Dec 5, 2013
Hillary Clinton Celebrates Kissinger While White House Repeats His Mistakes
Posted on Sep 28, 2010
By Fred Branfman, AlterNet
In Laos, where I interviewed more than 1,000 refugees from the Plain of Jars, every single one said their villages had been destroyed by U.S. bombing which escalated tremendously in 1969, and that the main victims were civilians because the soldiers could move through the thick forests largely undetected, while old people, mothers and children were forced to stay near their villages.
In Cambodia, Kissinger told Alexander Haig to undertake "a massive bombing campaign in Cambodia. Anything that flies or anything that moves," the clearest possible violation of international law requiring the protection of civilians. Two million people in Khmer Rouge zones, as estimated by the U.S. Embassy, were driven underground by massive U.S. bombing that featured regular B52 carpet-bombing of undefended villages.
Kissinger orchestrated the U.S. invasion of Cambodia, a disastrous miscalculation that led directly to the Khmer Rouge takeover five years later. I visited Cambodia in April 1970, shortly after the U.S. supported Lon Nol in overthrowing Prince Sihanouk. U.S. Embassy officials then estimated there were no more than 100 Khmer Rouge, and were not even sure that Khmer Rouge leaders Khieu Samphan or Ieng Sary were alive. As William Shawcross wrote in “Sideshow: Kissinger, Nixon and the Destruction of Cambodia,” it was Kissinger’s overthrowing Sihanouk, supporting the corrupt and unpopular Lon Nol regime and massive bombing that created the Khmer Rouge and brought it to power. Kissinger then compounded his brutality by supporting the genocidal Khmer Rouge, telling the Thai foreign minister on Nov. 26, 1975, that "you should also tell the Cambodians [i.e. Khmer Rouge government] that we will be friends with them. They are murderous thugs, but we won’t let that stand in the way. We are prepared to improve relations with them. Tell them the latter part, but don’t tell them what I said before."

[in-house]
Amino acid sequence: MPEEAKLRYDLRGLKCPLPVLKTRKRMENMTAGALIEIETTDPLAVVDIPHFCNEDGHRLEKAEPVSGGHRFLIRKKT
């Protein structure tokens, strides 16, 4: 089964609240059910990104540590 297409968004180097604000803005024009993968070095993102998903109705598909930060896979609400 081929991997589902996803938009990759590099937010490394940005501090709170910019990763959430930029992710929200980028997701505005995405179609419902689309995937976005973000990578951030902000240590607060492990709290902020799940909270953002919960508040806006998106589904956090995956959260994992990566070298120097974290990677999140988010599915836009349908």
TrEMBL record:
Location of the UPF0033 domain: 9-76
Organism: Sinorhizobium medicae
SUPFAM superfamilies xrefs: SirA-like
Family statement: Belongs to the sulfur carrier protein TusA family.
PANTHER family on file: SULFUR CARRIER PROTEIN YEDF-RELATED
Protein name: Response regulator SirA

Kissinger diverted billions of dollars in Food for Peace, meant to feed the starving, to the Thieu and Lon Nol armies. He violated the U.S. Constitution by secretly bombing Cambodia and Laos without congressional authorization. And his representatives regularly perjured themselves before Congress, as when the U.S. ambassador to Laos testified to the Kennedy Subcommittee on Refugees on April 22, 1971, that the U.S. bombed only military targets in Laos.
Who Lost Indochina: Kissinger or Congress?
Kissinger began to try to blame Congress for the fall of Saigon even before April 30, 1975. Sorley’s book contends that the failure of the North Vietnamese spring 1972 offensive in South Vietnam proves that Thieu forces could have prevailed in April 1975. Newsweek, interviewing Sorley, reported that "in 1974, breaking Nixon’s promises of continued support to Saigon, the U.S. Congress cut off all aid to South Vietnam. Without logistical support or air cover, the South Vietnamese army collapsed in 1975 and the communists swept into South Vietnam."
Former Defense Secretaries Melvin Laird and James Schlesinger, along with Kissinger, have consistently maintained the North Vietnamese were receiving more aid from the Soviet Union and Chinese than were the South Vietnamese from the United States.
None of this is even remotely true:
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